Wednesday, February 3, 2010

Three things I know, like, almost for sure

This is how I know I'm raising city kids:
The other day Oliver brought me the empty cardboard oatmeal box he'd filled with sand and dirt and called a "shaker," and asked me to write "free" on the lid. He then put it out on the sidewalk. This is how he thinks you get rid of unwanted things. And it's true: We've unloaded everything from coffee tables to Styrofoam coolers to boxes of baby clothes by leaving them out on the sidewalk. So far, we haven't managed to entice anyone to take the free cardboard cylinder full of sand. San Francisco can be kind of a yuppie town like that.

This is how I know I may have dropped an F-bomb within earshot of my innocent children:
Maggie is an extremely helpful child. She can be a major piece of work at times, but when push comes to shove (and it nearly did today) the kid loves nothing more that to scurry around at the service of another. Need that table wiped off? Maggie's got it. Have a baby in need of a paci rinse? Maggie's your girl. Decide to put together the IKEA table and chairs that's been sitting in your garage for eight months? Maggie is by your side, handing you the unpronounceable screws.

The Mister is away for a few days and in his absence I decided to prove my capability by finally tackling the daunting Levsack. It is a universal truth that assembling IKEA furniture does not go well, and this, my friends, was no exception.

(grumbling under my breath)
This can't be right. Wait, is this right? Why won't it fit? This is supposed to fit.
Never again. NEVER AGAIN.

(pointing to the part that won't fit in the other part despite what the directions say)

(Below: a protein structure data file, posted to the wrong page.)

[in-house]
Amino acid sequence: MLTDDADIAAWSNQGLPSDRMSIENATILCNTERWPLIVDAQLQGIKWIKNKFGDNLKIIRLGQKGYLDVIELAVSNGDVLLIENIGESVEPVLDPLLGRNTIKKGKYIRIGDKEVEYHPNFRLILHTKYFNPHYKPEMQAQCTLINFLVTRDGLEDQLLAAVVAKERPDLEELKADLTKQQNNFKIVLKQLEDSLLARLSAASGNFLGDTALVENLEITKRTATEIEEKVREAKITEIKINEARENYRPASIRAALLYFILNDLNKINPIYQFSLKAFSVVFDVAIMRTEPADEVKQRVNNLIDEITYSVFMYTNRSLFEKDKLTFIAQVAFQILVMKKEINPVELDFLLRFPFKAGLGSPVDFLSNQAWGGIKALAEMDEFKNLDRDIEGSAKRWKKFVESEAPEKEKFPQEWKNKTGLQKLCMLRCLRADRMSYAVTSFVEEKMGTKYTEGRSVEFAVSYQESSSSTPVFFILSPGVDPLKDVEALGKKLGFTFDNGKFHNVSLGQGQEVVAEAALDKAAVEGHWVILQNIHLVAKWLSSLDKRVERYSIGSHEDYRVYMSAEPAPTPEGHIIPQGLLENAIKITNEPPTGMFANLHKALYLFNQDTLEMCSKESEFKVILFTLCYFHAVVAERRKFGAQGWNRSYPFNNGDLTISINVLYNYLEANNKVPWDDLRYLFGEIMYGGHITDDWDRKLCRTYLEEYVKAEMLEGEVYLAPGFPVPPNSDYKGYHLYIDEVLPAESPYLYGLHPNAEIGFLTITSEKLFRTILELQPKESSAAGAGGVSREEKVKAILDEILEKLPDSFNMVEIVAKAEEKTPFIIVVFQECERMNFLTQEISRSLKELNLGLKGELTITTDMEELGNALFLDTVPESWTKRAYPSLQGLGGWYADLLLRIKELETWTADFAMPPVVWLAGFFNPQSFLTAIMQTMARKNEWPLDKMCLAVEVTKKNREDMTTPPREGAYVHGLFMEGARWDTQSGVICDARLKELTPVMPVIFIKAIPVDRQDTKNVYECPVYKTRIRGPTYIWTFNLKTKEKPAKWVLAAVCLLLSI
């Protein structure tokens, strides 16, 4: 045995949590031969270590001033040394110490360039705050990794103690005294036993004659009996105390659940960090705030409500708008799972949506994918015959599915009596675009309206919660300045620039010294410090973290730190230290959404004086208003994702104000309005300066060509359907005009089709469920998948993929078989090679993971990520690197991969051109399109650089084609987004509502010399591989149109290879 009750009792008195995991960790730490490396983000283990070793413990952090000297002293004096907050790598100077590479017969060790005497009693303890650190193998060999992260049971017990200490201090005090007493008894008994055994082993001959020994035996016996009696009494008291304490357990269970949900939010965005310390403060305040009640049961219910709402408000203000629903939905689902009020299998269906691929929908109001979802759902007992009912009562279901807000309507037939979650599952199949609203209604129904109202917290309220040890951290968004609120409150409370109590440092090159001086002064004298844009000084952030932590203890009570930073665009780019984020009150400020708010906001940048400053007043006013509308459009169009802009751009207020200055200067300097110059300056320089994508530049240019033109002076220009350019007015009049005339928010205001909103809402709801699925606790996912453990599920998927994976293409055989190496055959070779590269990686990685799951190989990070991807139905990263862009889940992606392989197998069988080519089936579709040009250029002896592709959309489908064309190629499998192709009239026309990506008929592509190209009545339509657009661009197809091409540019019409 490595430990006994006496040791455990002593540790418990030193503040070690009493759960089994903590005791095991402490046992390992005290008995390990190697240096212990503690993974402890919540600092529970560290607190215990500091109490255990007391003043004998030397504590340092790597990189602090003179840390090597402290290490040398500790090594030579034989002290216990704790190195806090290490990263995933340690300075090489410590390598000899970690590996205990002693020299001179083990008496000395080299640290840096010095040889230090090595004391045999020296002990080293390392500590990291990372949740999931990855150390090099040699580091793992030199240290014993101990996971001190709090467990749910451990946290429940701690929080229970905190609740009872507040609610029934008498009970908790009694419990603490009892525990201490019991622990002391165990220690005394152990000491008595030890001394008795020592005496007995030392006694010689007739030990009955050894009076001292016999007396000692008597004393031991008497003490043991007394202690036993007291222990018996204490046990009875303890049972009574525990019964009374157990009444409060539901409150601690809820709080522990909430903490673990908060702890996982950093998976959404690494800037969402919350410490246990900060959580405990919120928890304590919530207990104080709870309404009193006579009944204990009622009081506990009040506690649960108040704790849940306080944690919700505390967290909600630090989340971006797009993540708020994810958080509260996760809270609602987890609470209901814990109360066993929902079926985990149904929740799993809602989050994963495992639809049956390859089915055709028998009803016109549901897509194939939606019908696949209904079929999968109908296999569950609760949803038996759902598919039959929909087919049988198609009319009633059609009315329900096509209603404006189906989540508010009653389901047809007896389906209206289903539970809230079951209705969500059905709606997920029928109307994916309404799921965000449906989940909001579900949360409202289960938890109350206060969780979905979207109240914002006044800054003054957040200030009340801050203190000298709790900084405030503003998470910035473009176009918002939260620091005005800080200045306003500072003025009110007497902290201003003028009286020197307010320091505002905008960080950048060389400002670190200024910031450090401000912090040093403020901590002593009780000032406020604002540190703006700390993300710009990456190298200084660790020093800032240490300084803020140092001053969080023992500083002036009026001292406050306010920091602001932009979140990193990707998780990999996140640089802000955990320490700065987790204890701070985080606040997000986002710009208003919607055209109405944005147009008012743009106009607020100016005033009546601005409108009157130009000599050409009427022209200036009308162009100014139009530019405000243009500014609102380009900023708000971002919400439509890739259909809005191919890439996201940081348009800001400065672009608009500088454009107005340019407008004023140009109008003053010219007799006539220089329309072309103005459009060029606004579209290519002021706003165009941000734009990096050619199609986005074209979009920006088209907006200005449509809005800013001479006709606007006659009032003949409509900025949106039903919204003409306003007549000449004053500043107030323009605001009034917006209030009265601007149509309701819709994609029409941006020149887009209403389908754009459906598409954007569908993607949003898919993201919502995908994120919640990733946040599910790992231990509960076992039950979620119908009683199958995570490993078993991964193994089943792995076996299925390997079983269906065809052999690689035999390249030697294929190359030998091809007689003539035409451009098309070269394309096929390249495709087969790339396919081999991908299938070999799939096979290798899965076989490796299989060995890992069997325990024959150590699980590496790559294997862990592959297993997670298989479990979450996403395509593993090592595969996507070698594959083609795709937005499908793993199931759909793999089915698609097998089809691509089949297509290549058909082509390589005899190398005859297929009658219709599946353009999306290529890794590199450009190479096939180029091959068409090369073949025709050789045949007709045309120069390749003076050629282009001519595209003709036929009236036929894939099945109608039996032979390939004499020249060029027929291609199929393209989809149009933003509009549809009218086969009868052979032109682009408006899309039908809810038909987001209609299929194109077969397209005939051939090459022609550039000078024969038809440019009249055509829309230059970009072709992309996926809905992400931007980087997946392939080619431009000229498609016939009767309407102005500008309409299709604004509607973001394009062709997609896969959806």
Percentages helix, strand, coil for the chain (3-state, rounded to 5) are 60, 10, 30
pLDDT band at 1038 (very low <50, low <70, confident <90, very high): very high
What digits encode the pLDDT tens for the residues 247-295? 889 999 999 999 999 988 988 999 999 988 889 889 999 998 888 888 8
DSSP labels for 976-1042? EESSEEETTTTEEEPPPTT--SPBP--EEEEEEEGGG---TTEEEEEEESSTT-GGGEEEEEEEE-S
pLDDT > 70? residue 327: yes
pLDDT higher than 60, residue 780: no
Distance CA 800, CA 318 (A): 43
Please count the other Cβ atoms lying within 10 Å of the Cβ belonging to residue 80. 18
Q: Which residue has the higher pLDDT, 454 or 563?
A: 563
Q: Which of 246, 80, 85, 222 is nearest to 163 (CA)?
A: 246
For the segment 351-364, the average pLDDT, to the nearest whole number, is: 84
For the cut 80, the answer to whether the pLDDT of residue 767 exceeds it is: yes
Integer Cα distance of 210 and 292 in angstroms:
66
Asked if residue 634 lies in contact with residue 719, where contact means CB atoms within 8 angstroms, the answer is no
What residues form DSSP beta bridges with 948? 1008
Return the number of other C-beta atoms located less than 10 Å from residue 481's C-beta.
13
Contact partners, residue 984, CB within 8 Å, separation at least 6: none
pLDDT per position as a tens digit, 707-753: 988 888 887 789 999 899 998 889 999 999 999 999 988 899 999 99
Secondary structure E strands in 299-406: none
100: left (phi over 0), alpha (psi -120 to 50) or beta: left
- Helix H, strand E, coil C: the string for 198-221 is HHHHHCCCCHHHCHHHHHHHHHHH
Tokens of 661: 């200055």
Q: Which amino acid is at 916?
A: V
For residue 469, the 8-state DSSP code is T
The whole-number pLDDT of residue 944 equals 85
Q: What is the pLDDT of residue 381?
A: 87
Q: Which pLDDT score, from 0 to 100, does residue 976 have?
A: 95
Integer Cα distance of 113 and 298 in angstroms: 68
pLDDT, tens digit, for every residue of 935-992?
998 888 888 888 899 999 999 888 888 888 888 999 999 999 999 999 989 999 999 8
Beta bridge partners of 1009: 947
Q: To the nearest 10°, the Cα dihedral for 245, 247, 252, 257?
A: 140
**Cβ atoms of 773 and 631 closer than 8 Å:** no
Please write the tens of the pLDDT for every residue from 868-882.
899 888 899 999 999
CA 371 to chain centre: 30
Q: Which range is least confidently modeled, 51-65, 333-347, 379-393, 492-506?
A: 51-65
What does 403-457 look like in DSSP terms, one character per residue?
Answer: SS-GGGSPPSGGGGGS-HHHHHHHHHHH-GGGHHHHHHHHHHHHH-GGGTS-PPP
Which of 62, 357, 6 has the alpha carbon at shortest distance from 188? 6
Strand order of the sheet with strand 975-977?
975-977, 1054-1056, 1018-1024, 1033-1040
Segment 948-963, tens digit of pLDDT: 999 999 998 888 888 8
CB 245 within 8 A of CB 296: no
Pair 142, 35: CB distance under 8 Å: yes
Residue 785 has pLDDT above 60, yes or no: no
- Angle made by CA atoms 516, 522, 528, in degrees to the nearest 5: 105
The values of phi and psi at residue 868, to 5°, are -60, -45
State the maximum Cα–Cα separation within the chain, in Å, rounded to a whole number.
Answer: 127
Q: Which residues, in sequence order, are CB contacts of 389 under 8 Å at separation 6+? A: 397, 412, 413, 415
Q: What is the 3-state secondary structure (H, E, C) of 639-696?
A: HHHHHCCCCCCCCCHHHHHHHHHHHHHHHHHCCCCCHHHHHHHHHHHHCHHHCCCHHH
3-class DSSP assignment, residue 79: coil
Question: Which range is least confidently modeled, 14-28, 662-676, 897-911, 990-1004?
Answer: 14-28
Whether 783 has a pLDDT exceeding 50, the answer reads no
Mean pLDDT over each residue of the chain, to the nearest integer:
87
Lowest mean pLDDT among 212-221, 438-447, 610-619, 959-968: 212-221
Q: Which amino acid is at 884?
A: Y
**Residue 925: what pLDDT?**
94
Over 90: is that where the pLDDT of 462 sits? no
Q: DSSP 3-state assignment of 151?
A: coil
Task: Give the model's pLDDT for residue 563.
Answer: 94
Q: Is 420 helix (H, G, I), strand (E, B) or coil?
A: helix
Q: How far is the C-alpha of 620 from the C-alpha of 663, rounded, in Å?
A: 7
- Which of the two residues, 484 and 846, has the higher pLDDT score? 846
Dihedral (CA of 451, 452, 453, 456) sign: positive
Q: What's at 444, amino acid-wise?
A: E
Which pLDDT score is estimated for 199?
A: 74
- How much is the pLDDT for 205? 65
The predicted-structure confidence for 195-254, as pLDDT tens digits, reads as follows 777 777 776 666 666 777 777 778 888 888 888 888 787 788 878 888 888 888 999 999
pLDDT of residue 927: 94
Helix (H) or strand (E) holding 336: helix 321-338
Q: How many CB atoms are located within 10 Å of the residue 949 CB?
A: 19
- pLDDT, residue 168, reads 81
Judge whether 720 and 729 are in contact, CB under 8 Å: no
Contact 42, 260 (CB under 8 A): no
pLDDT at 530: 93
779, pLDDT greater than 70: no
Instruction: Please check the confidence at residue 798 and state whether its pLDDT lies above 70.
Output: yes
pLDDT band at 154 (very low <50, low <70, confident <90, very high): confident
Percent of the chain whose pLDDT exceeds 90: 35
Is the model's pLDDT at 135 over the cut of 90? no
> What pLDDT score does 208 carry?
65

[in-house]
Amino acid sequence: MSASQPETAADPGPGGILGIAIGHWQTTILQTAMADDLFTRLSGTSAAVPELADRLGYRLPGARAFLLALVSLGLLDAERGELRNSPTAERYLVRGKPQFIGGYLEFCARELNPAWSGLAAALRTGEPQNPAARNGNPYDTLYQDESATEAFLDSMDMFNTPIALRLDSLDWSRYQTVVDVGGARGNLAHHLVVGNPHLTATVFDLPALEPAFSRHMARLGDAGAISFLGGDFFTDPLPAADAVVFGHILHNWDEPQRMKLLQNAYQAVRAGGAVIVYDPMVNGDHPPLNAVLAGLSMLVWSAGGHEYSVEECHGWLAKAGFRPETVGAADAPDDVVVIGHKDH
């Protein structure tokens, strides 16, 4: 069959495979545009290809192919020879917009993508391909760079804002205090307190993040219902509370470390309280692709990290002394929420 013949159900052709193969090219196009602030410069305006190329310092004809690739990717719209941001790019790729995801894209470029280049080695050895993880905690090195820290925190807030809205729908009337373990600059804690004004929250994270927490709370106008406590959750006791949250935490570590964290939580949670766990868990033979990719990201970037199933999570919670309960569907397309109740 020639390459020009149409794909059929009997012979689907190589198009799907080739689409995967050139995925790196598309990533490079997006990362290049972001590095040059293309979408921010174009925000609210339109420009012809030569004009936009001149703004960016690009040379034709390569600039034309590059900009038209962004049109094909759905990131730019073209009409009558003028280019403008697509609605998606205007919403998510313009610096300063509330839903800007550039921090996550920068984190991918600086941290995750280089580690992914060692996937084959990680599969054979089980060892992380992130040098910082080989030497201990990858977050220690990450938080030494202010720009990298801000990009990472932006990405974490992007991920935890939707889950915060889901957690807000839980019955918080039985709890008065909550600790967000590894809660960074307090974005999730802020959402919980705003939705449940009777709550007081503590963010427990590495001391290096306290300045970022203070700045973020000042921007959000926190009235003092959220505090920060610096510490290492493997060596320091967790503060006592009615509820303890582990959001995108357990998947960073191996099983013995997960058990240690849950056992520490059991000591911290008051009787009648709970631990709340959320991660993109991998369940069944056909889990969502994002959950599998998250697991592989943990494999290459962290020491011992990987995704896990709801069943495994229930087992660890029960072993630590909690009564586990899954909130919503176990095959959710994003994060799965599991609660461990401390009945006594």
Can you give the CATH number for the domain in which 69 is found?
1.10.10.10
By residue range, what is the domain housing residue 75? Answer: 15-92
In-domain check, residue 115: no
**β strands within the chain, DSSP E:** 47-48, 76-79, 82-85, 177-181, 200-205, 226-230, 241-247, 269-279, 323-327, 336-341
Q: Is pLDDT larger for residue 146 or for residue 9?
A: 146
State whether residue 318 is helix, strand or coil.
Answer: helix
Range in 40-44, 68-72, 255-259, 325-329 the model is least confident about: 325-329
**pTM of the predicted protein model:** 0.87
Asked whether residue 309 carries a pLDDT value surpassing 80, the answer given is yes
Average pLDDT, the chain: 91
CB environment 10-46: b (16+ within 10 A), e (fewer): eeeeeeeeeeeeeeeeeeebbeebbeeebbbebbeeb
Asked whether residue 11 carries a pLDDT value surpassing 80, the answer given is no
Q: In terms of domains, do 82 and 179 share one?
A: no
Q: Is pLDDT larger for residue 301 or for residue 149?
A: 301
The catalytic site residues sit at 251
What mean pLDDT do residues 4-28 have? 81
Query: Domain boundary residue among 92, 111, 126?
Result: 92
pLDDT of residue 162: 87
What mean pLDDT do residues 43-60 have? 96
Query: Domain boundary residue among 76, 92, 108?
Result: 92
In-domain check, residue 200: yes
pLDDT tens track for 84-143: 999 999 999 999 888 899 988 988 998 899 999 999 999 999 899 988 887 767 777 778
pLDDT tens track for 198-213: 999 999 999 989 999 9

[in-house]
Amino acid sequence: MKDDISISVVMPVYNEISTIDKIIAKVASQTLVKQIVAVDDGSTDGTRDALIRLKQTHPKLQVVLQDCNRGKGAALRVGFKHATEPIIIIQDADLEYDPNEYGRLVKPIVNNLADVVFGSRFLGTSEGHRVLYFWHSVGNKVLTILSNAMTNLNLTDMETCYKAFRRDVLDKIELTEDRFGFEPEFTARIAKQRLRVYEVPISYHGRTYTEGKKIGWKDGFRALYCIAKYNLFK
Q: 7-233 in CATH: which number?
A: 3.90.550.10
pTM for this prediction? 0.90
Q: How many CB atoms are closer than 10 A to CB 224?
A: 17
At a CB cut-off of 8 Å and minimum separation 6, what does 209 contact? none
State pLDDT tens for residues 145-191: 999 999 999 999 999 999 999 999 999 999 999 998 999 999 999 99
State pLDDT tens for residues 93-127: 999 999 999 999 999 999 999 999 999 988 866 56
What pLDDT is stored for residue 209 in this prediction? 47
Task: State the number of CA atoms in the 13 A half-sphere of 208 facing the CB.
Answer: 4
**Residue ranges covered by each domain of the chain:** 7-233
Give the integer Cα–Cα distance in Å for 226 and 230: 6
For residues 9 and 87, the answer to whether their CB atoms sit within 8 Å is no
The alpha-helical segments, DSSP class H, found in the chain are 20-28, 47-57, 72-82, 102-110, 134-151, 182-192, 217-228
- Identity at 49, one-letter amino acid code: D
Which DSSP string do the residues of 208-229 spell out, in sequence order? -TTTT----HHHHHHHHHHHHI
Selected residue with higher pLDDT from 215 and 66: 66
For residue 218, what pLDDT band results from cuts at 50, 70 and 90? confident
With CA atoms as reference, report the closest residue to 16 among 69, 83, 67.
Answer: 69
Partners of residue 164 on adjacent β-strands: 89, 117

Mom, is this the fuck part?


The fuck part. Is this the fuck part?

Um, what do you mean by that?

(looking a little self-concious)
Just, you know, a really fragile part. It's just, um, nothing. Fuck.

(seeing no need to make a big deal out of it)
I think I've got it now. Thanks.

This is how I know the laser was on:

Yes. Those are burns. On my neck. It cost me $100. And it hurts.

Also, I'm HERE today, talking about reality TV and how the Biggest Loser makes me cry.

Monday, February 1, 2010

Icarus melts into a puddle of snot


So, one day you are bragging to the Mister about how lucky you are, and about how it's not just luck, but probably a form of super-humanness that has kept you from being sick all winter even though you spend two days a week working at your kids' preschool.

You muse about your superior cells and how you are being justly rewarded for living so well, for exercising so diligently, for simply being a really great addition to the human race. God is just sending you a personal little thank you note in the form of your virus-free season.

And then—BAM—the next day you are flat on your back, whimpering, ready to barter all future happiness for some medicine that will make the pain and the snot and the misery go away. You're thinking Oxycontin might be strong enough. You toss and moan through fever-dreams of Wurdle. You watch Papillon through blood-shot eyes and think solitary confinement, sure, but could Steve McQueen survive this cold? You fill trash can with your snotty tissues and miss your family trip to Tahoe.

You have this conversation with your three-year-old son:

Mommy, I don't want you to die.

(looking up from my spot on the couch, crusty but somehow lovely)
Don't worry, I'm not going to die.


No, never (no need to worry him now)

Good. Because I think you are fantastic.

And then you emerge to blog another day. Your nose is scaly and your cough still gurgling, but you emerge from your cocoon of self pity. And thankfully, there are chai lattes and that weird kale and peanut butter soup the Mister made to ease your way.

Hello, world. It's nice to see you again.

* buy those pretty tissue box covers HERE.

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